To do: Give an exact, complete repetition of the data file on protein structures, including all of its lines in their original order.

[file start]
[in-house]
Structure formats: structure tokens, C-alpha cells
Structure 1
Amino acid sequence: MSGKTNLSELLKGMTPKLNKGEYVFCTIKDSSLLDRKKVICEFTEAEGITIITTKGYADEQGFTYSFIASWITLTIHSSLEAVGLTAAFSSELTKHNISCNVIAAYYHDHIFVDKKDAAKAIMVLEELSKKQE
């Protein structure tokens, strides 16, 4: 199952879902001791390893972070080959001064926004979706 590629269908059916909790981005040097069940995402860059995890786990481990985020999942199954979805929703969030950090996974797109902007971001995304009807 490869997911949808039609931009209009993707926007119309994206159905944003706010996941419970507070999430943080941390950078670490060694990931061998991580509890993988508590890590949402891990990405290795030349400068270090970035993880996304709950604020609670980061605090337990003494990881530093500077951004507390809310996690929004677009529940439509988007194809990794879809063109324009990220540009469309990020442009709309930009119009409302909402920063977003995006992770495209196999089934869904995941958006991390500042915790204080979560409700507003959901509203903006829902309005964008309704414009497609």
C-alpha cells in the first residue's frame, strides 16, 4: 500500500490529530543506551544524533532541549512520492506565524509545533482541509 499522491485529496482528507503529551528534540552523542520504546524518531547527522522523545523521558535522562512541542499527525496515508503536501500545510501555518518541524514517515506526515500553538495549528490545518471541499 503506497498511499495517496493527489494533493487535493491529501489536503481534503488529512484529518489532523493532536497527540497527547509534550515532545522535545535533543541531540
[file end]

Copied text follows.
[in-house]
Structure formats: structure tokens, C-alpha cells
Structure 1
Amino acid sequence: MSGKTNLSELLKGMTPKLNKGEYVFCTIKDSSLLDRKKVICEFTEAEGITIITTKGYADEQGFTYSFIASWITLTIHSSLEAVGLTAAFSSELTKHNISCNVIAAYYHDHIFVDKKDAAKAIMVLEELSKKQE
């Protein structure tokens, strides 16, 4: 199952879902001791390893972070080959001064926004979706 590629269908059916909790981005040097069940995402860059995890786990481990985020999942199954979805929703969030950090996974797109902007971001995304009807 490869997911949808039609931009209009993707926007119309994206159905944003706010996941419970507070999430943080941390950078670490060694990931061998991580509890993988508590890590949402891990990405290795030349400068270090970035993880996304709950604020609670980061605090337990003494990881530093500077951004507390809310996690929004677009529940439509988007194809990794879809063109324009990220540009469309990020442009709309930009119009409302909402920063977003995006992770495209196999089934869904995941958006991390500042915790204080979560409700507003959901509203903006829902309005964008309704414009497609």
C-alpha cells in the first residue's frame, strides 16, 4: 500500500490529530543506551544524533532541549512520492506565524509545533482541509 499522491485529496482528507503529551528534540552523542520504546524518531547527522522523545523521558535522562512541542499527525496515508503536501500545510501555518518541524514517515506526515500553538495549528490545518471541499 503506497498511499495517496493527489494533493487535493491529501489536503481534503488529512484529518489532523493532536497527540497527547509534550515532545522535545535533543541531540